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Bexar County Voters Can Likely Vote At Any Polling Site In November

Trustee Debra Guerrero tries out Bexar County's new voting machine at a San Antonio ISD board meeting July 15, 2019.
Camille Phillips | Texas Public Radio
Trustee Debra Guerrero tries out Bexar County's new voting machine at a San Antonio ISD board meeting July 15, 2019.

Bexar County Commissioners voted Tuesday to begin the process of changing traditional voting centers in time for the Nov. 5 elections.

County Elections Administrator Jacquelyn Callanen presented the plan that allows a voter to cast a ballot at any of the voting centers across Bexar County on Election Day, just like in the early voting period before elections. 

The voting centers could save the county money by reducing the need for the number of traditional voting precincts, Callanen has said in the past.  Those traditional voting sites could be cut by 20%, she said.

But speakers from minority rights organizations urged commissioners to keep using the current number of voting precincts in place through the November 2020 Presidential Election.

Non-presidential and non-gubernatorial election races traditionally use 287 polling sites. That number increases to 304 sites for presidential and gubernatorial races. The county voted to spend more than $600,000 for the election equipment needed to maintain the number of polling locations, in addition to $11 million they spent on new election computers in May.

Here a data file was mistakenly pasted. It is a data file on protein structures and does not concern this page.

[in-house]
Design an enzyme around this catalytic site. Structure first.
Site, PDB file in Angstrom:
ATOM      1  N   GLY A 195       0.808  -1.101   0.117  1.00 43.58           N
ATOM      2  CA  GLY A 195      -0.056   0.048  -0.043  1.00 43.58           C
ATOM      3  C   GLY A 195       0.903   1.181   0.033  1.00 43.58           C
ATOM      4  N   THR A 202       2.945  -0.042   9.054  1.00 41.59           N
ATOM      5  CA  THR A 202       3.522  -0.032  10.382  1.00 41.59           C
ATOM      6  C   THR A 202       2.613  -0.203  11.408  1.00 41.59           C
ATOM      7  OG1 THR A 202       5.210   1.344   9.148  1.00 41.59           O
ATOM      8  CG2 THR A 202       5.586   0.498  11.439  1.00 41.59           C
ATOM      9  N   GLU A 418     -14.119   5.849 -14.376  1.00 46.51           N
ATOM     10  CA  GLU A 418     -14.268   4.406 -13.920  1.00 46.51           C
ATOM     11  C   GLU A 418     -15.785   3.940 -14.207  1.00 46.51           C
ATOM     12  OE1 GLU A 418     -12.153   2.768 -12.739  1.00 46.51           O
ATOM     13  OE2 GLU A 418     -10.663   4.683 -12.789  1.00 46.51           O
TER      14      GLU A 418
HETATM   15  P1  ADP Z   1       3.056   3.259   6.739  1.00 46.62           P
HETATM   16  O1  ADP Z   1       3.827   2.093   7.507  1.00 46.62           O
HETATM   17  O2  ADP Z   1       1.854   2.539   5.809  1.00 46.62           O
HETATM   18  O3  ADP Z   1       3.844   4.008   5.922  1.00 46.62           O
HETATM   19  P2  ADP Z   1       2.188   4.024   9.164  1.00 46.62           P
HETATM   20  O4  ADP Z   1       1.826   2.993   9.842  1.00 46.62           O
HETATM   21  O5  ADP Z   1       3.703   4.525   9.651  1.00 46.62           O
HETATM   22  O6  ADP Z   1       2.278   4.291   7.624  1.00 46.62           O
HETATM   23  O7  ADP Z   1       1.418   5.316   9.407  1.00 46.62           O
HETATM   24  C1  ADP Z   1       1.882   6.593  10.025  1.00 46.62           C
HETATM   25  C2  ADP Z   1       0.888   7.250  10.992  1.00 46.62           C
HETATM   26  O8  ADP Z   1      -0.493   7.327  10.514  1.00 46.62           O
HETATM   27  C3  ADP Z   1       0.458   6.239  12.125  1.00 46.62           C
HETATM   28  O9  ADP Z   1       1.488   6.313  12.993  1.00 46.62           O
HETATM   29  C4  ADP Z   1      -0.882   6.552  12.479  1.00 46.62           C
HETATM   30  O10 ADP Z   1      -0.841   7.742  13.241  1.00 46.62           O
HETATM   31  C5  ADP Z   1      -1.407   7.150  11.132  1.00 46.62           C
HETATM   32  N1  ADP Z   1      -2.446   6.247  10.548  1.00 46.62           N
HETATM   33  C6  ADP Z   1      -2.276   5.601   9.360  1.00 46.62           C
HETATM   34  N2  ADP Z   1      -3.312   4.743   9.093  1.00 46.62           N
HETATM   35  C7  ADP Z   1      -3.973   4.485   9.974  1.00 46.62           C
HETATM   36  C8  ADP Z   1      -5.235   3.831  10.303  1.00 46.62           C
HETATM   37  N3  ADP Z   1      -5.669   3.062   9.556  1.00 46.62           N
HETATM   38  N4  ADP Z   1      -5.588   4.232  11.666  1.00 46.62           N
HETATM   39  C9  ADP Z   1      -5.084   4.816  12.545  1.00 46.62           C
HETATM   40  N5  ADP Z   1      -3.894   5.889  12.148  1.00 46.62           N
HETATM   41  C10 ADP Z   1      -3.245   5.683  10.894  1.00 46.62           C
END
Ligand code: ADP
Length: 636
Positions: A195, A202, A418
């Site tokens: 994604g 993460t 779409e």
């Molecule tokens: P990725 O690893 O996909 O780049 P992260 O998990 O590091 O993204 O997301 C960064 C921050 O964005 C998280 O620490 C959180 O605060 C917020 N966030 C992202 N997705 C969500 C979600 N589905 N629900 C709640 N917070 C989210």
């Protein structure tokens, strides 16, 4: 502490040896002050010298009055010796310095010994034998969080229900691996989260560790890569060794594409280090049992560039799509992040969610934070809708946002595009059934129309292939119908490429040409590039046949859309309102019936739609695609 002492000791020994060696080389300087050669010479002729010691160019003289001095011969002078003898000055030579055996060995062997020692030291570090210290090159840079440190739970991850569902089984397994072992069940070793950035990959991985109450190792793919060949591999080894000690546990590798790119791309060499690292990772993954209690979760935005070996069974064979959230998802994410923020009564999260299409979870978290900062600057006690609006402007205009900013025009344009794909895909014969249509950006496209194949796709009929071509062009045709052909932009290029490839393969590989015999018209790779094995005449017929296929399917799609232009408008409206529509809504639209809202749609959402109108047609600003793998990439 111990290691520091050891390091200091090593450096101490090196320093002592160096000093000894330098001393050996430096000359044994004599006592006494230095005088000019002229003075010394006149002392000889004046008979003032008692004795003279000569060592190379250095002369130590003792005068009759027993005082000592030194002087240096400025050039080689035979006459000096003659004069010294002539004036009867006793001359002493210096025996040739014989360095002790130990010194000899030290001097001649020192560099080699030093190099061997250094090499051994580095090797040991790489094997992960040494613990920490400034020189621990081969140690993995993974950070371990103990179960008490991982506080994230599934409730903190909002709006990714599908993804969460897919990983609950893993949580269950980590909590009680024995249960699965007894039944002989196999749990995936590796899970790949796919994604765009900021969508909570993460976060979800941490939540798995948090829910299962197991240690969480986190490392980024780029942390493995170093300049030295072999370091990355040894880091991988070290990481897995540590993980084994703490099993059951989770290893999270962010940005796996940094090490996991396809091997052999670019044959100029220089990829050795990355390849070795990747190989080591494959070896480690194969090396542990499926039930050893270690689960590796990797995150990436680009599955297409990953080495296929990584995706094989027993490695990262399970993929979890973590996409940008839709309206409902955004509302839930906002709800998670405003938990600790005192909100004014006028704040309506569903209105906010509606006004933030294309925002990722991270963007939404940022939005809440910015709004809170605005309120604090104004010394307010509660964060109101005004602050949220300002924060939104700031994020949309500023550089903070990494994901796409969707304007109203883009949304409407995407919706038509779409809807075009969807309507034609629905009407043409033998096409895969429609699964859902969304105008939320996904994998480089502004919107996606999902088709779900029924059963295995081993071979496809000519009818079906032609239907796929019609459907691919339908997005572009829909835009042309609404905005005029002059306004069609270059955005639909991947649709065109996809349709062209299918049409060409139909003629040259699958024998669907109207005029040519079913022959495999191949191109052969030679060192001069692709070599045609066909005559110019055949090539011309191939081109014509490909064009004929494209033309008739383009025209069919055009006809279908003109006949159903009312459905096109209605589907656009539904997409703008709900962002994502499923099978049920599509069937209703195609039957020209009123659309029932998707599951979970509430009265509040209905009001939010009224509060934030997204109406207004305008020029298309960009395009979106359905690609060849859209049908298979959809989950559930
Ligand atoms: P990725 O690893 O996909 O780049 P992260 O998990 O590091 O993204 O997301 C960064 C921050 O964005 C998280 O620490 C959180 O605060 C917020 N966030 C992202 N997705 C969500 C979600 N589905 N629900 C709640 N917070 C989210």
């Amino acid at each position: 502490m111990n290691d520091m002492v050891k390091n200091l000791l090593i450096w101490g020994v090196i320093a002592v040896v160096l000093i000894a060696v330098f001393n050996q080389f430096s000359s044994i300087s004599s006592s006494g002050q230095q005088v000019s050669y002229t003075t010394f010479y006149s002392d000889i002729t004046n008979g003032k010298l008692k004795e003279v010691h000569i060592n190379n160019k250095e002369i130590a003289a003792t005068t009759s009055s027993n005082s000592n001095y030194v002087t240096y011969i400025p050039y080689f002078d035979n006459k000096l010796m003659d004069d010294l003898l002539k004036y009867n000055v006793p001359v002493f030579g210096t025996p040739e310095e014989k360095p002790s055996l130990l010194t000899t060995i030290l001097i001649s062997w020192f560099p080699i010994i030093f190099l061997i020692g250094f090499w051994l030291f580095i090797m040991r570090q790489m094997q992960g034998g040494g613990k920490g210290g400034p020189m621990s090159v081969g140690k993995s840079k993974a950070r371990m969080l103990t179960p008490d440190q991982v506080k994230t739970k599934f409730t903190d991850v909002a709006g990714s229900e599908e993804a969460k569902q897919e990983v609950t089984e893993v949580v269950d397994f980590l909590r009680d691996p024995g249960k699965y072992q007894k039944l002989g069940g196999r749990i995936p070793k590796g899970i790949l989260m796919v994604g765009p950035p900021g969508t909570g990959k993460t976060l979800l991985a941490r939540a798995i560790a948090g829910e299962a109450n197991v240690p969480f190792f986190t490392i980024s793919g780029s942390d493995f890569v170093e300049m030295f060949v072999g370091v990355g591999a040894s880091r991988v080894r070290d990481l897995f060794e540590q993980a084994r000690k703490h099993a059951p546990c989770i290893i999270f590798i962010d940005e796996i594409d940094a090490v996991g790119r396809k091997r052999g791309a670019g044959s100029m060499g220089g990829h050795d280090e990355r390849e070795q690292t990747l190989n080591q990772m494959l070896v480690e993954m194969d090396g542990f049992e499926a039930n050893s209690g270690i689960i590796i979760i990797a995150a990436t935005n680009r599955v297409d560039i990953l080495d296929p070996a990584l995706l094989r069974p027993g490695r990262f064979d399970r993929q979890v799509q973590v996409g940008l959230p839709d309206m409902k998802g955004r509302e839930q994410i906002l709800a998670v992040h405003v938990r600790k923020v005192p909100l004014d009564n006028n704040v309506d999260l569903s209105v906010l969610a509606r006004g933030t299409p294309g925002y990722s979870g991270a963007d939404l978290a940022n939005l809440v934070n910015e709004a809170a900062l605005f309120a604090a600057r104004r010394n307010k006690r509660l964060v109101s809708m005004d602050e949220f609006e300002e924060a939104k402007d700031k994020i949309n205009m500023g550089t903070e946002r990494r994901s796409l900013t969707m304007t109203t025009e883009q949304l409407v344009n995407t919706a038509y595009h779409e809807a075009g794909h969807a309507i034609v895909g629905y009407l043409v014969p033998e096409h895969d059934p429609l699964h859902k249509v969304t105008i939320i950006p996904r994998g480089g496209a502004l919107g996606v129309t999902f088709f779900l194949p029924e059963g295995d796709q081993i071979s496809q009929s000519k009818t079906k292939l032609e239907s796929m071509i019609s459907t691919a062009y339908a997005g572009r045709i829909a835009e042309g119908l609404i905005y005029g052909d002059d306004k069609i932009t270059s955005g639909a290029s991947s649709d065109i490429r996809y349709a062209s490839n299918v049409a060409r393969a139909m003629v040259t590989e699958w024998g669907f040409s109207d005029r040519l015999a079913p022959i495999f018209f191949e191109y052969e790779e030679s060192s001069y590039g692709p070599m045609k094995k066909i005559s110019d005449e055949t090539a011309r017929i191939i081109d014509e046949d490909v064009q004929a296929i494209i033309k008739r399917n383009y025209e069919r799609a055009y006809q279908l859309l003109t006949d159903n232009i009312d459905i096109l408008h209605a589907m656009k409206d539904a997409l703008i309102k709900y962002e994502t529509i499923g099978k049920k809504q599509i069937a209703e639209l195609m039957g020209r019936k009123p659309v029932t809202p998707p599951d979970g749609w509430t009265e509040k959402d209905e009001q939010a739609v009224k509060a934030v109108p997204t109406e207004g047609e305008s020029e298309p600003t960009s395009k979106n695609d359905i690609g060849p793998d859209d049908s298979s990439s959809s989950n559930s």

Commissioner Tommy Calvert warned fellow commissioners voter confusion and disenfranchisement could lead to lawsuits. 

Calvert won a vote for $50,000 in funding for a voter education program concerning polling place changes.

But County Judge Nelson Wolff reminded all parties present of the county’s election record under Callanen since she took office in 2002.  Not a single vote lost. 

“I just want to make sure that people understand that we run damn good elections for a very, very long time and we have not had lawsuits filed against us for discriminating against a voter,” Wolff said. 

The commissioners agreed with the organizations to make sure the voting centers don’t replace traditional voting sites convenient to public transportation, especially in neighborhoods with poor and elderly voters.

“The Secretary of State noted in his January 2, 2019 election advisory that when a county adopts a methodology for polling place location selection one factor to consider is the availability of public transportation to a polling location,” said Ernest Herrera, a staff attorney for the Mexican American Legal Defense and Educational Fund.

Commissioners directed the election’s office to have the list of polling sites for the Nov. 5 election finalized and sent to the state for approval by Aug. 20.

Brian Kirkpatrick can be reached at Brian@TPR.org and on Twitter at @TPRBrian.